Some Bright Spots on Energy, Out There in the Plains

By January 30, 2009Energy, Global Warming

Haven’t had a post about the Bakken Formation in a while, that vast and already proven layer of sweet crude in the Upper Midwest and Prairie Provinces, accessible via horizontal drilling and hydrofrac technology. And there are interesting things going on with clean coal out there, too.

From Bismarck Tribune, “Oil leases still vigorous in Mountrail, McKenzie“:

While far off the all-time highs, bids for oil and gas acres in North Dakota brought top dollar at the quarterly Bureau of Land Management auction Tuesday.

A Kansas company bid $3.5 million for a 10-year lease on 1,358 acres in Mountrail County, making the highest total bid of the sale, said BLM spokesman Greg Albright.

From the Oil and Gas Journal, “Final EIA figures show US oil reserves grew 2% in 2007“:

WASHINGTON, DC, Jan. 28 — Proved US oil reserves rose by 345 million bbl, or 2%, during 2007 to 21.32 billion bbl from 20.97 billion bbl at the beginning of the year, reported the US Energy Information Administration on Jan. 28.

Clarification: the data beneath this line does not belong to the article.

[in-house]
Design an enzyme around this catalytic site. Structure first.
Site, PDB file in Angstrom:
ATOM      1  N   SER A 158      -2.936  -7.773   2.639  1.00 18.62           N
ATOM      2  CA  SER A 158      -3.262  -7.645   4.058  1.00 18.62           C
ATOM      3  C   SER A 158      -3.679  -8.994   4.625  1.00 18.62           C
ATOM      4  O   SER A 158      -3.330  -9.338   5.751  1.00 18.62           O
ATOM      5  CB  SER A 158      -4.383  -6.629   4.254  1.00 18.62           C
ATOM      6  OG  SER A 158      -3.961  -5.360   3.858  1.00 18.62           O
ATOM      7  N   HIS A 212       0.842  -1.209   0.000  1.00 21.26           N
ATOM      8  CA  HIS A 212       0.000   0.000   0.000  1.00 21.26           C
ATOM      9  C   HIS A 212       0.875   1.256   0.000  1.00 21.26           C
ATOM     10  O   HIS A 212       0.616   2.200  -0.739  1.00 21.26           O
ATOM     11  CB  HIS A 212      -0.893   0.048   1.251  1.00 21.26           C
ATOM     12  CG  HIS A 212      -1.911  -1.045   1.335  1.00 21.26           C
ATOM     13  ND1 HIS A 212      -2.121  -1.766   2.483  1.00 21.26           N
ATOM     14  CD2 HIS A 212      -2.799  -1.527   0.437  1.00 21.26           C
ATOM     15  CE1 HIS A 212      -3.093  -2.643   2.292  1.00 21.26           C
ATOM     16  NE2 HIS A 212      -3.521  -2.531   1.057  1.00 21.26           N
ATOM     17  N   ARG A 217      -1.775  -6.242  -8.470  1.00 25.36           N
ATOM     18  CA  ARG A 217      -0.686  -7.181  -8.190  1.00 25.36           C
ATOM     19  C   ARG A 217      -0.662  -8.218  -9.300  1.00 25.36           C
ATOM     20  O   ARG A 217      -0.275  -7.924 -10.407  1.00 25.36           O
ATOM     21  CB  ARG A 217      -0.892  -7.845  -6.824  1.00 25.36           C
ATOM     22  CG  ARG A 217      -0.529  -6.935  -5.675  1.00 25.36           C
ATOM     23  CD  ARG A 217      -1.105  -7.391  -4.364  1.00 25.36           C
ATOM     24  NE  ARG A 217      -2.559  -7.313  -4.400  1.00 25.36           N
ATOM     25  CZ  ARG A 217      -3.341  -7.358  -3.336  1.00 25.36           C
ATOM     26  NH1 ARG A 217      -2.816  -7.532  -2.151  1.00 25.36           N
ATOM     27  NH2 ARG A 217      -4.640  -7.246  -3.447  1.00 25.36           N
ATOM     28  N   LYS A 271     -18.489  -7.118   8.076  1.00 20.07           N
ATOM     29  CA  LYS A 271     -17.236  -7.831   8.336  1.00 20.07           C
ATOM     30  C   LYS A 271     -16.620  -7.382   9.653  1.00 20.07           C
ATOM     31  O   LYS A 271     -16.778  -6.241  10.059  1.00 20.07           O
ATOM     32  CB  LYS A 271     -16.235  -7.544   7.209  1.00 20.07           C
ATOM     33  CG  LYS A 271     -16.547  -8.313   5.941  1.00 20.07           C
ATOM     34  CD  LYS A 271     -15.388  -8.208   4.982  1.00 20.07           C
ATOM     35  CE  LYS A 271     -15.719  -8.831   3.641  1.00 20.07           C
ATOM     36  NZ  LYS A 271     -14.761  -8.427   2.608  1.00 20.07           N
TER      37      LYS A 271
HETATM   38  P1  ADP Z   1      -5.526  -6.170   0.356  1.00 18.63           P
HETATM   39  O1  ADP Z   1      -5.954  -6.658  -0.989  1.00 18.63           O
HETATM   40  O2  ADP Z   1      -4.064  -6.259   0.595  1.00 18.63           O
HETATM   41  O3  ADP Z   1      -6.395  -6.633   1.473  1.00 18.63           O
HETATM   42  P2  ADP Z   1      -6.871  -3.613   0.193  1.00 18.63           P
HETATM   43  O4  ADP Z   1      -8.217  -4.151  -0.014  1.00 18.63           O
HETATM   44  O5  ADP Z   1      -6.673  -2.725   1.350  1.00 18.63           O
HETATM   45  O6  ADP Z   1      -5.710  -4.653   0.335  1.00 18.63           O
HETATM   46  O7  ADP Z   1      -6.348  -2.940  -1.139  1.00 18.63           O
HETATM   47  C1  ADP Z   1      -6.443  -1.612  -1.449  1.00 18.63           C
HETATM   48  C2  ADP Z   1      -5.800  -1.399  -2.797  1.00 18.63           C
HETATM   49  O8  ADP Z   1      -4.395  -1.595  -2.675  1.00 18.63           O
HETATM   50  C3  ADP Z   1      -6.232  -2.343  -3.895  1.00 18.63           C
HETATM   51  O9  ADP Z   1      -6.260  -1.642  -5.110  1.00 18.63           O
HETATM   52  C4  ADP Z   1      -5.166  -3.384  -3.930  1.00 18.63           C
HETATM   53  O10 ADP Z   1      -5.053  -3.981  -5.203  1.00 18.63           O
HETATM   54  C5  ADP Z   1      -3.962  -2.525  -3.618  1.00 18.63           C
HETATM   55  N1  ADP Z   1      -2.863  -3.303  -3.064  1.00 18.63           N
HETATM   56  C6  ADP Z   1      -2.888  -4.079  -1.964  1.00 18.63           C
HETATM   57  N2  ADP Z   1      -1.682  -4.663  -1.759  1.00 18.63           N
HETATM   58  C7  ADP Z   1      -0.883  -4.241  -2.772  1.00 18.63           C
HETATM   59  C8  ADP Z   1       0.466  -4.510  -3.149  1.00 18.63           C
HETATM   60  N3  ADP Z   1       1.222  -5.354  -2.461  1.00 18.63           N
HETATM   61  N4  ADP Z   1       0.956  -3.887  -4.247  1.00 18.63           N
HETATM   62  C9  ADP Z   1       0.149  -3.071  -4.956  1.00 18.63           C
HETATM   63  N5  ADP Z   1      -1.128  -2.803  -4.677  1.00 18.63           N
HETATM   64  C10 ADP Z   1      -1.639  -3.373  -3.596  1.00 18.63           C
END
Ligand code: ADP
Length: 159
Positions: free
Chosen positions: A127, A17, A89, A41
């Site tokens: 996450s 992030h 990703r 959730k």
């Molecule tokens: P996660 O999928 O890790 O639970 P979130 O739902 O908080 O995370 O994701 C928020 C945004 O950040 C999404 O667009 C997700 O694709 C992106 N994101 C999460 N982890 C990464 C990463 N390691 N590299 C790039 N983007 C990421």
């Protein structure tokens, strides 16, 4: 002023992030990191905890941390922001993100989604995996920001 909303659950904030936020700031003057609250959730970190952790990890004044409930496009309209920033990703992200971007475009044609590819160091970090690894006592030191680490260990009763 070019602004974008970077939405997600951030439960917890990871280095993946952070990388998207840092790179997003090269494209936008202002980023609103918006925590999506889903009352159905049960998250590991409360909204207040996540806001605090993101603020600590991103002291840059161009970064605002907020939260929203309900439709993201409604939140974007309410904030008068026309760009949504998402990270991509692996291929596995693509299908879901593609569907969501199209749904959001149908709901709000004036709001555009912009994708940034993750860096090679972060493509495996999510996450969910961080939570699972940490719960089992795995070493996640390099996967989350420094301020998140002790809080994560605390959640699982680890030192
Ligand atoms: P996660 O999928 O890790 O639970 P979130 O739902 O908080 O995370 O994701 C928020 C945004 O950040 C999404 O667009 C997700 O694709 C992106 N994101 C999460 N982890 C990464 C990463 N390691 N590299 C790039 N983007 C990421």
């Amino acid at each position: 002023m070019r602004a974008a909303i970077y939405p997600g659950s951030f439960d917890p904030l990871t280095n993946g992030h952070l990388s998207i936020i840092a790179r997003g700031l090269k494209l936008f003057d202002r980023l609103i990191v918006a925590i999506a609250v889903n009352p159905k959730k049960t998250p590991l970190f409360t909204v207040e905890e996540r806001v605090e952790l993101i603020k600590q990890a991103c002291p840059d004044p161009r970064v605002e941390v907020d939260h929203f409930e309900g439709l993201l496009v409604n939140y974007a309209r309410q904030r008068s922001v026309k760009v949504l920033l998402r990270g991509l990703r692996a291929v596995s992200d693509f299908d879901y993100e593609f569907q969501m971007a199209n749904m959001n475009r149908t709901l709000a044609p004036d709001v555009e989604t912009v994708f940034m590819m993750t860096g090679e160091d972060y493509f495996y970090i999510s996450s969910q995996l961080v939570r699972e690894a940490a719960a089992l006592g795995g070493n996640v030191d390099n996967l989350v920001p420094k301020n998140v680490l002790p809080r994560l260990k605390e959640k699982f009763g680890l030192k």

The increase was a contrast to the rapid decrease in domestic crude reserves that began in 1970 but which have moderated in the past decade, EIA said as it released final yearend numbers for 2007. The federal energy research and statistical service will begin gathering 2008 numbers in February when it distributes proved reserves data survey forms to more than 1,400 US well operators…[snip]

EIA said Alaska, Texas, and North Dakota accounted for a majority of the year’s new reserves with a combined 605 million bbl of net additions. Eight other states showed relatively small increases while 13 states and the Gulf of Mexico reported declines, it said.

As for coal, “5 coal-fired power plants studying carbon capture“:

Five coal-fired power plants in the U.S. and Canada, including one in central North Dakota, are studying the feasibility of retrofits to capture and store carbon dioxide, a nonprofit industry research group says.
Electric Power Research Institute said studies are being done at Great River Energy’s Coal Creek Station near Underwood, and at plants in Illinois, Utah, Ohio and Nova Scotia. The group said the research could help guide development of future power plants and how they deal with carbon dioxide emissions blamed for global warming.

Which makes this Economist story all the more timely, “North Dakota is one of many states waiting for an energy policy from Washington.”

P.S. Crambe!

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